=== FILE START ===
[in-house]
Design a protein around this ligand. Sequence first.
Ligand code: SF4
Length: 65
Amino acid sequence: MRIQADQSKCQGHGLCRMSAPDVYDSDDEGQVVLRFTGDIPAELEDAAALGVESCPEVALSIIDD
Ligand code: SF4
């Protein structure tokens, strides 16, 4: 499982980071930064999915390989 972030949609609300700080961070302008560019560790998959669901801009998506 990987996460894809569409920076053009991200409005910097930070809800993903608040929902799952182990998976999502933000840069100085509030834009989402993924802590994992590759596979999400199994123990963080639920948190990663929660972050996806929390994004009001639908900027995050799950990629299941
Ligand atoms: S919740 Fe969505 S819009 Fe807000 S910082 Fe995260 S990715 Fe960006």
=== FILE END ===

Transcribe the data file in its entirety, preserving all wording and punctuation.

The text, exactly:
[in-house]
Design a protein around this ligand. Sequence first.
Ligand code: SF4
Length: 65
Amino acid sequence: MRIQADQSKCQGHGLCRMSAPDVYDSDDEGQVVLRFTGDIPAELEDAAALGVESCPEVALSIIDD
Ligand code: SF4
């Protein structure tokens, strides 16, 4: 499982980071930064999915390989 972030949609609300700080961070302008560019560790998959669901801009998506 990987996460894809569409920076053009991200409005910097930070809800993903608040929902799952182990998976999502933000840069100085509030834009989402993924802590994992590759596979999400199994123990963080639920948190990663929660972050996806929390994004009001639908900027995050799950990629299941
Ligand atoms: S919740 Fe969505 S819009 Fe807000 S910082 Fe995260 S990715 Fe960006």